By far the best thing about my role at Younity is the amount of conversations I get to have with community energy practitioners across the UK. You can’t help but be inspired when you hear of the work they are doing and how they are battling against an antiquated energy system in order to ensure the move towards a sustainable, low carbon future is equitable, operated by and for the communities in which they sit.
I truly believe community energy will play a significant role in the shift to a fairer, smarter energy landscape for the UK and across the world. The future is positive. But to get there, to continue that journey, there are some areas which need addressing in the short term.
Challenges and asks vary across all community groups but there are some consistent themes running through all conversations:
Deployment of standalone, new-build generation is not only critical to the growth of community energy, but to the UK’s sustainability targets.
The levelized cost of generation from renewable technologies is now in line with current wholesale market prices. This includes paying a return to community investors (typically 3.5-5%) whilst still providing a community benefit. Done on today’s prices, the finances stack up. However, long-term security over wholesale pricing, routes to market and unavailable debt provisions at the smaller scale still act as blockers to delivering new sites.
For these sites to come to fruition, they will need new innovative products such as Corporate PPAs, Innovative Finance or simply low-cost access to short term debt.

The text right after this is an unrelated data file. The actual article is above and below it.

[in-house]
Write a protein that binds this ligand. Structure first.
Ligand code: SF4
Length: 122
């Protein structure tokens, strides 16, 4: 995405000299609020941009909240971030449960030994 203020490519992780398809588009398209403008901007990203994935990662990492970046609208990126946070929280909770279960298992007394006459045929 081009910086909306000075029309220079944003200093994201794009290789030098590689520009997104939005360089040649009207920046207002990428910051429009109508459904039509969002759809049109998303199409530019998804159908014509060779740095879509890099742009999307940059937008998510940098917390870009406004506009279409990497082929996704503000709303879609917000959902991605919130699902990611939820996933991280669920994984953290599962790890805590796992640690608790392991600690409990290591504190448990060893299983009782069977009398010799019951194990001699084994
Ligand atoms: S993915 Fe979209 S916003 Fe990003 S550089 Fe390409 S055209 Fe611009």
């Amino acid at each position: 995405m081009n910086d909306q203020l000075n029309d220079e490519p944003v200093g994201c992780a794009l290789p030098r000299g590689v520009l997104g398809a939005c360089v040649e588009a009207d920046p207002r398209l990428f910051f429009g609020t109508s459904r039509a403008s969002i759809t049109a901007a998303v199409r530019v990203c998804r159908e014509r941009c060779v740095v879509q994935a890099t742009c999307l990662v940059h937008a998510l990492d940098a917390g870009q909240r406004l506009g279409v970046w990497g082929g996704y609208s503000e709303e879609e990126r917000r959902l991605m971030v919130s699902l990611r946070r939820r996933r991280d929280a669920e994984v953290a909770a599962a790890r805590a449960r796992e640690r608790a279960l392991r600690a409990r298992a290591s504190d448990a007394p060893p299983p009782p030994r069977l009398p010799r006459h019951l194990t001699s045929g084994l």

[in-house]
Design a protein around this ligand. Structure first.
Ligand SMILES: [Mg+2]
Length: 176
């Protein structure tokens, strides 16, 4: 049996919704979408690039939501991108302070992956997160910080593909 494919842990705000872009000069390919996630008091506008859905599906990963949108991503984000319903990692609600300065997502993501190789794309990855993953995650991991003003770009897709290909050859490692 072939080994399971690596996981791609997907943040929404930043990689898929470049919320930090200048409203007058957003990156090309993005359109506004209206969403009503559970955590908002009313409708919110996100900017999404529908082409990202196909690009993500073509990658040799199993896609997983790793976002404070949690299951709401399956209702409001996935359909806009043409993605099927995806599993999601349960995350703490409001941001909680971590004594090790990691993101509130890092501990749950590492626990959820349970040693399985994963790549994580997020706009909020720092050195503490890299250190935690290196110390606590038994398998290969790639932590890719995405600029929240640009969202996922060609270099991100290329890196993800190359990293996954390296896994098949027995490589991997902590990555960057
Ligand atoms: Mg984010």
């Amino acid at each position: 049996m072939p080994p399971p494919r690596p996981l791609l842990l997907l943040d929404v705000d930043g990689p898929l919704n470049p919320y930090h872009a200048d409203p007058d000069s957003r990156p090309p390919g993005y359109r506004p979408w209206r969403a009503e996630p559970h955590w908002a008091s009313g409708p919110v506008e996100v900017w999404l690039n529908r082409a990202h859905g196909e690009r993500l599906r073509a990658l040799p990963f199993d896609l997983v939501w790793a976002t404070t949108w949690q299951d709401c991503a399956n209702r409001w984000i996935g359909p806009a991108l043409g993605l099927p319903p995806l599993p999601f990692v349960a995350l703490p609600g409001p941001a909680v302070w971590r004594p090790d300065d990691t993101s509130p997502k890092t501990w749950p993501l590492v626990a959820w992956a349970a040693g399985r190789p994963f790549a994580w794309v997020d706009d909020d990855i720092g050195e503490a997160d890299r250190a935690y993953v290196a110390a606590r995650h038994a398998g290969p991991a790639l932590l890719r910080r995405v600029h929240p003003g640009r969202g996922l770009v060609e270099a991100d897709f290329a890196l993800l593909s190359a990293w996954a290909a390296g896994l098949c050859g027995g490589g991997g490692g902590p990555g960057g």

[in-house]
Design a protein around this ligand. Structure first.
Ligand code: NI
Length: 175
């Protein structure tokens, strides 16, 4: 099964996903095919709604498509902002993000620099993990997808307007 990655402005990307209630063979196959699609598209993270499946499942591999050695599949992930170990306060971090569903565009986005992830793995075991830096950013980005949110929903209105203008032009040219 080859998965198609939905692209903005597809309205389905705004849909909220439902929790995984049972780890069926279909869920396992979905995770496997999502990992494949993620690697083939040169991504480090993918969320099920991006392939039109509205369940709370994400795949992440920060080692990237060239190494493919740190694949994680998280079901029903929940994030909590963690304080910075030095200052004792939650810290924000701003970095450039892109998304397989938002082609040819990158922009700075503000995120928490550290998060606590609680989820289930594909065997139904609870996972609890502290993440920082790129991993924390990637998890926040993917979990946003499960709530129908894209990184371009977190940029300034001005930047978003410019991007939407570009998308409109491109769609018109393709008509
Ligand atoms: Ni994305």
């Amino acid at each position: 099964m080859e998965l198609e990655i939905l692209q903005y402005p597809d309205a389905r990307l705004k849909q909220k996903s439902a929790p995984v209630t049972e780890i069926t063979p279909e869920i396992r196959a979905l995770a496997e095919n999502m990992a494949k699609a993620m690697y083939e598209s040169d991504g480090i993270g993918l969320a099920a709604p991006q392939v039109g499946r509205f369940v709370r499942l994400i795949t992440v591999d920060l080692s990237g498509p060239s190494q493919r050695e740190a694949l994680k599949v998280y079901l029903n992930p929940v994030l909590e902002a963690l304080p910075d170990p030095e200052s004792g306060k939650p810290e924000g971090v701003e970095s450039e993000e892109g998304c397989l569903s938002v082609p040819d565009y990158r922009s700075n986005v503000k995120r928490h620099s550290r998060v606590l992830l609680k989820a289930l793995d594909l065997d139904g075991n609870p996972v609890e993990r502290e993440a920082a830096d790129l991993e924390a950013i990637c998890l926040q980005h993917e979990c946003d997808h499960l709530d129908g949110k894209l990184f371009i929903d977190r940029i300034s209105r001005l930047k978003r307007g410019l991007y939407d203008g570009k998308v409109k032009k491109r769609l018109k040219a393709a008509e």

Engaging with Businesses
Some community groups would like support with approaching organisations, with the aim to develop relationships which could ultimately result in routes to market for their projects. This could be as simple as providing roof space to deploy community owned solar PV to more complicated Corporate PPAs which will guarantee them an offtake for 15+ years.
There are still relatively few employed community energy practitioners. Most groups are volunteers giving up their time for a cause they believe in. The resource drain in operating a group – from launching share offers, to billing host sites or even marketing and PR can mean that even if they want to deliver new projects or innovations there can be a real shortage of resource to do so.
Membership – Size and Diversity
Community groups are extremely aware that their membership bases do not tend to be the most diverse groups of people. There is a definite need to raise awareness of the good work community energy does and increase participation from all walks of life. What does membership look like if you cannot afford to invest, but still want to contribute?
There are other challenges which I’ve not mentioned above (grid connection is an obvious one) but the above themes seem to run across the groups I’m regularly speaking to.